[Posted on behalf of Materials Girl, who is blogging from the Spring 2010 Materials Research Society meeting.]
There often exists an unfortunate lack of connection between presenter and audience. What with non-native English speakers – bless them – insufficient amplification, convoluted PowerPoint, and all the rest, we all may find ourselves itching to be at another symposium. Unfortunately, leaving mid-talk constitutes disruption and some insult to the presenter. (I’ve made it a habit to sit unobtrusively in a corner, and to only sneak out of large, full rooms when the speaker’s back is turned.)
This introduces the subject of attendee etiquette. Half of the audience may walk in late or leave midway through a presentation, although that can be excused in light of travel considerations, lack of personal relevancy, etc. Much less forgivable is the making of excess noise during talks, or squeezing past people to reach a seat near the front. (It’s really not hard to stay in the back, and to wait until questions are finished to move around! Most people do, but occasionally someone bustles about loudly.) Perhaps the worst offence is maintaining noisy conversations outside in the hall, or even in the room. The perpetrators’ voices might be at their normal speaking volume, but everything is loud to the audience of a silent room. All of these annoyances can be avoided with a little bit of consideration…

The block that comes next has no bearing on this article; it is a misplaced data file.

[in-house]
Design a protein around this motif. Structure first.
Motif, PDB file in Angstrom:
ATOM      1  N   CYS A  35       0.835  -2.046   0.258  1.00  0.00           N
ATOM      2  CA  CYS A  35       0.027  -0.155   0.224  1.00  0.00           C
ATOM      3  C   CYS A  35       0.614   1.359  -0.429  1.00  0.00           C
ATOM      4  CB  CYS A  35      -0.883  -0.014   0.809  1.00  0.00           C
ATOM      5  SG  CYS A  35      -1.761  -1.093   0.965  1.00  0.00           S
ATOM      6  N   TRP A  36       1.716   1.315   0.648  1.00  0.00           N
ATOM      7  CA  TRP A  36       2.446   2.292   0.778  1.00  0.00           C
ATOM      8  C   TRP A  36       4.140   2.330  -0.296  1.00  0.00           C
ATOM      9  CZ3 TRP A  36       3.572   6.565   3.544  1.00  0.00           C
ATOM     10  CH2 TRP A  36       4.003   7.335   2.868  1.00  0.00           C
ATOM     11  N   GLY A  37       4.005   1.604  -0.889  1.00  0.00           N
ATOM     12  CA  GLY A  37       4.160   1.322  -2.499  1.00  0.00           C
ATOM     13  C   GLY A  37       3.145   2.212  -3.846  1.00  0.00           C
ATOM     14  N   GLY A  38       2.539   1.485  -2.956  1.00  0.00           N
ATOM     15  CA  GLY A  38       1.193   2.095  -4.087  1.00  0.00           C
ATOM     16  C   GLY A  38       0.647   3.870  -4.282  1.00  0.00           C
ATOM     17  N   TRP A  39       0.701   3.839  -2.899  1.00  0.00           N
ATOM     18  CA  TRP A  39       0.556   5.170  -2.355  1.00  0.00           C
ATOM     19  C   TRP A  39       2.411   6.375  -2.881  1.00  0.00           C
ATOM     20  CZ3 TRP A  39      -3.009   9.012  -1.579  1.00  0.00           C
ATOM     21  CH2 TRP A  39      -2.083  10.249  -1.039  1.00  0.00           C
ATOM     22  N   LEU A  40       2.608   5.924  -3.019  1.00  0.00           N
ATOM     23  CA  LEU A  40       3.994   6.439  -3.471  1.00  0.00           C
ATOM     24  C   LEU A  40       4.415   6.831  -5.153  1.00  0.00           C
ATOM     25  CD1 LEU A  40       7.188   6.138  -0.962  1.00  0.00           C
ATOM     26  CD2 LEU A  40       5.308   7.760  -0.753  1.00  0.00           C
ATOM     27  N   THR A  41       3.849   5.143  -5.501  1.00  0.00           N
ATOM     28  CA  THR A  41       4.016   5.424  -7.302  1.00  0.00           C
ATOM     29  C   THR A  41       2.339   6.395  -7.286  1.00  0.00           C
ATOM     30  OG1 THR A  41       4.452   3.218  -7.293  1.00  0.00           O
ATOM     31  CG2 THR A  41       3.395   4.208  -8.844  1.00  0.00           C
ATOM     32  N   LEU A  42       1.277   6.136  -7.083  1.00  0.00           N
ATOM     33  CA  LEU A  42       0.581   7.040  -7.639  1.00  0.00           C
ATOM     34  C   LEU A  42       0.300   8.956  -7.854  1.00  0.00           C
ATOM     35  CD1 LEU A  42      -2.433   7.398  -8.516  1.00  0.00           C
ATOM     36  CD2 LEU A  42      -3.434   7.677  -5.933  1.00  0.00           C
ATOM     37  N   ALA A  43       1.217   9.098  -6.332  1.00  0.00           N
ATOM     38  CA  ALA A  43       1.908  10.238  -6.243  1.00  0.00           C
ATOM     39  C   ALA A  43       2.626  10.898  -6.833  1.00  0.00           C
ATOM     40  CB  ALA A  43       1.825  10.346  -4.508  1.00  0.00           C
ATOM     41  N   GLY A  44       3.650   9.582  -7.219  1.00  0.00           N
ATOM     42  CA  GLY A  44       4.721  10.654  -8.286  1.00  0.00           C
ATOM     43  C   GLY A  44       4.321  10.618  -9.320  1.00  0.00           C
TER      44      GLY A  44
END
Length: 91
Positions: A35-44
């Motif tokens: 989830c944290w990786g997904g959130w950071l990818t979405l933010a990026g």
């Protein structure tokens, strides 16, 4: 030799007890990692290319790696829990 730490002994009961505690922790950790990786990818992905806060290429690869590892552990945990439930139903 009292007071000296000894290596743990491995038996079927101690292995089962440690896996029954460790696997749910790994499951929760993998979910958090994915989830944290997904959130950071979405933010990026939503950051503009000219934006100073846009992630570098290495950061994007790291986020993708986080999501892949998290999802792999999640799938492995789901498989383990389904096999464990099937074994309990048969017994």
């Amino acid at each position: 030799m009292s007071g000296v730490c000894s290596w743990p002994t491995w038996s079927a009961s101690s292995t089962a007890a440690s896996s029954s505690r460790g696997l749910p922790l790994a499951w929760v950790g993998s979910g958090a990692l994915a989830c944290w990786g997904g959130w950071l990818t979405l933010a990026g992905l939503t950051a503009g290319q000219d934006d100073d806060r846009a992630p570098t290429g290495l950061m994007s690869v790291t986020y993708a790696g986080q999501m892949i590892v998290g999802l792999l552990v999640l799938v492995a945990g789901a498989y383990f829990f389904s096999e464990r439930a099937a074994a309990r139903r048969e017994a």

We might also consider direct interaction, where occasionally some poor young graduate gets ripped apart by a cantankerous researcher, or a combative questioner harasses speakers over minor details. Probing questions and challenging ideas are helpful, but personal/professional/political issues are best left for private debate! As Tim Miller noted in his excellent seminar, Mastering Science Presentations, it is best for all parties to maintain complete civility and to firmly disregard unscientific impoliteness.
On another note, the clothing ranges from business suits and dress shirts, to jeans and t-shirts – sometimes even flip flops! Personally, it feels awkward to wear anything short of a black coat, slacks, heels/boots, etc. (So I generally resemble a character from the Matrix. Or a dude.) Attire is a minor issue, though, particularly since most attendees are males whose formalwear is relatively comfortable and easily come by.
So, considering general dress and behavior (aside from interpersonal relations), conference etiquette boils down to a major question: how stiff and formal are we expected to be?